Justice Department won’t defend Trump’s immigration executive order.

Justice Department Refuses to Defend Trump’s Immigration Executive Order

Justice Department Refuses to Defend Trump’s Immigration Executive Order

The Slatest has moved! You can find new stories here.
The Slatest
Your News Companion
Jan. 30 2017 7:00 PM

Justice Department Refuses to Defend Trump’s Immigration Executive Order

477462438-deputy-attorney-general-sally-yates-speaks-during-a
Then–Deputy Attorney General Sally Yates speaks during a formal investiture ceremony for Attorney General Loretta Lynch on June 17, 2015.

Alex Wong/Getty Images

Mark Joseph Stern Mark Joseph Stern

Mark Joseph Stern covers courts and the law for Slate.

Original post: On Monday, Acting Attorney General Sally Q. Yates ordered the Department of Justice not to defend Donald Trump’s recent executive order on immigration, which targeted Muslims from Muslim-majority countries. “I am responsible for ensuring that the positions we take in court remain consistent with this institution’s solemn obligation to always seek justice and stand for what is right,” Yates wrote to DOJ lawyers. “At present, I am not convinced that the defense of the executive order is consistent with these responsibilities nor am I convinced that the executive order is lawful.”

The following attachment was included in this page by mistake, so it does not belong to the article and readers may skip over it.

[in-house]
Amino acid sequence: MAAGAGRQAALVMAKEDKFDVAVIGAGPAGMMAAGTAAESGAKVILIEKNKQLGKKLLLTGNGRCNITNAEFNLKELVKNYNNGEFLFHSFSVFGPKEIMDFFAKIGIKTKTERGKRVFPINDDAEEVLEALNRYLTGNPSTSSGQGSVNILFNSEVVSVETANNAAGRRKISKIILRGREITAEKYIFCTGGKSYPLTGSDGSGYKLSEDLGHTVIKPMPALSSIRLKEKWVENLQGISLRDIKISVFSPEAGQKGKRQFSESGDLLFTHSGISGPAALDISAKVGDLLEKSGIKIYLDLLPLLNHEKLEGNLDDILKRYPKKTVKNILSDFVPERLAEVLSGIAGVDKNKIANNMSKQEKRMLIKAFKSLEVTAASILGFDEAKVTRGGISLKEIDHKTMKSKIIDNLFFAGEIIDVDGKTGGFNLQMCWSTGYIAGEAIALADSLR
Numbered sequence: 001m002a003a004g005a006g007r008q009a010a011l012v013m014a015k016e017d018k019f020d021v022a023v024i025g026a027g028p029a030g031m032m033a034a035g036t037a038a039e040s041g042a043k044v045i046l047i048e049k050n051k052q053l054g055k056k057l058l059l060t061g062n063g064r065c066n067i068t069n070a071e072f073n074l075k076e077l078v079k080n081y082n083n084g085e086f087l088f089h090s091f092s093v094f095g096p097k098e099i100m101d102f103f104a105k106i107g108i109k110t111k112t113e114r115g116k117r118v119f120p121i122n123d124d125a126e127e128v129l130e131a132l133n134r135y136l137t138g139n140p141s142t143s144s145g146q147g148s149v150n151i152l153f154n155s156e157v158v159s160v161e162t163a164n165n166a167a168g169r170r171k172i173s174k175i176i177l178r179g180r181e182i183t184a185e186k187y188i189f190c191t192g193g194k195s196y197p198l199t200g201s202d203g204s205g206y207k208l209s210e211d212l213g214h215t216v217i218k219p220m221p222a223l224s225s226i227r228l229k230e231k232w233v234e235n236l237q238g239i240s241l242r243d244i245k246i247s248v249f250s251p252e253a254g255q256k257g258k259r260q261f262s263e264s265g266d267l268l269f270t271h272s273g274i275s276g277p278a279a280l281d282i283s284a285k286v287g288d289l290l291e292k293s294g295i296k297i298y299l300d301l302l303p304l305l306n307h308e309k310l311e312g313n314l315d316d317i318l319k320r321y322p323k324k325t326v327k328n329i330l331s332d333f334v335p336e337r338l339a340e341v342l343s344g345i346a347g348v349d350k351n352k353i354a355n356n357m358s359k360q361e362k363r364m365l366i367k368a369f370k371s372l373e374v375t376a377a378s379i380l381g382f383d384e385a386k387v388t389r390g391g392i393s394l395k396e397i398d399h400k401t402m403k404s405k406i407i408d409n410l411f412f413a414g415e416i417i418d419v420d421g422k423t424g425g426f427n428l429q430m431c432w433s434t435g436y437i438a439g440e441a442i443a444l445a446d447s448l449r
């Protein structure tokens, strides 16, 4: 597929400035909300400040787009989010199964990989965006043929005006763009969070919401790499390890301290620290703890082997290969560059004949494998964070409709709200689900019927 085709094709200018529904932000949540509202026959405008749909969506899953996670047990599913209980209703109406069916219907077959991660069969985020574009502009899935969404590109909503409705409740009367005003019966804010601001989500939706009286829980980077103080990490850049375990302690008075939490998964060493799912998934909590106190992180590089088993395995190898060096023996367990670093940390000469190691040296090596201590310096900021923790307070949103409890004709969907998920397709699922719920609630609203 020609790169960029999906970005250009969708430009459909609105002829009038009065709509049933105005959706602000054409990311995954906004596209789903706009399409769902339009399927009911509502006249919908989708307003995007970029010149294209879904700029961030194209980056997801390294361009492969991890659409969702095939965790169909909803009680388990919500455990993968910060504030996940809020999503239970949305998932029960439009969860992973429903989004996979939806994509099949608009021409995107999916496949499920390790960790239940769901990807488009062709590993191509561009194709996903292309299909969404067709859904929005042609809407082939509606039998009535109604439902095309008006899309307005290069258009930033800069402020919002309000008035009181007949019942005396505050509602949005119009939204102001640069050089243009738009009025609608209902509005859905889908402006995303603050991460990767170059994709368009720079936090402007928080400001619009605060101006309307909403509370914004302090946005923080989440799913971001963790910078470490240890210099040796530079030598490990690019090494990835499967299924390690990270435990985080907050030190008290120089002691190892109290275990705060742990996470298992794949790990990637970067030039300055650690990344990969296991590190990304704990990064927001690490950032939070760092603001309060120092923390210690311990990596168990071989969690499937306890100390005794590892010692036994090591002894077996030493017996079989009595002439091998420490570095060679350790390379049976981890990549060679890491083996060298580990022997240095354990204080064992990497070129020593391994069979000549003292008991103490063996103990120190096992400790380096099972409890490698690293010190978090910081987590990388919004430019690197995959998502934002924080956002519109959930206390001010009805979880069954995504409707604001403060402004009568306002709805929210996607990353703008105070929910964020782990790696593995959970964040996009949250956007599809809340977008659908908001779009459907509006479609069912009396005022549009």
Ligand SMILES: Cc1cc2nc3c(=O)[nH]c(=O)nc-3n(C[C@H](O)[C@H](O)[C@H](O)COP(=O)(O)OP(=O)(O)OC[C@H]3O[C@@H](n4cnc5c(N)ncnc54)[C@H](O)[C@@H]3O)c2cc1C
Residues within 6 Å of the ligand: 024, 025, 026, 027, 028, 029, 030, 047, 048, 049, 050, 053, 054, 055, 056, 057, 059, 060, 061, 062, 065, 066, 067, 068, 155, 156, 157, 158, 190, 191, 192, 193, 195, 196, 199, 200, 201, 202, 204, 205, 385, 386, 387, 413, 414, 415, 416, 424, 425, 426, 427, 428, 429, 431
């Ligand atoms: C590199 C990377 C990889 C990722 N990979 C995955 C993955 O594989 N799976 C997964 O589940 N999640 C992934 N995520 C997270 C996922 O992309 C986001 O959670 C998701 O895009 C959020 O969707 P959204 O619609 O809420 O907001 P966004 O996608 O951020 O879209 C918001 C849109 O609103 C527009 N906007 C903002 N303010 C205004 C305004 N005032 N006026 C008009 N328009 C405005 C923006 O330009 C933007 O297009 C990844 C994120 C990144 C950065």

Advertisement

Trump’s executive order, signed on Friday, led to the immediate detention of hundreds of people without any semblance of due process. Multiple judges blocked the government from detaining or deporting those singled out by the ban, holding that the order likely violated due process, equal protection, and the First Amendment. Civil rights groups are planning a broader challenge to the order’s constitutionality in an effort to block its enforcement indefinitely.

Government attorneys tasked with defending the ban over the weekend struggled mightily to explain in court how it could comport with the Constitution. Now they won’t have to—at least for a bit. Yates is an Obama appointee who will step down as soon as Attorney General Jeff Sessions is confirmed.

Yates’ decision gives Republican senators who oppose the executive order—among them Ben Sasse of Nebraska and Arizona’s Jeff Flake—an excellent reason to vote against Sessions’ confirmation. Sessions, who supports Trump’s immigration policies, is certain to reverse Yates’ determination and vigorously defend the executive if confirmed. Until then, however, the Department of Justice will not even try to defend this unlawful de facto Muslim ban.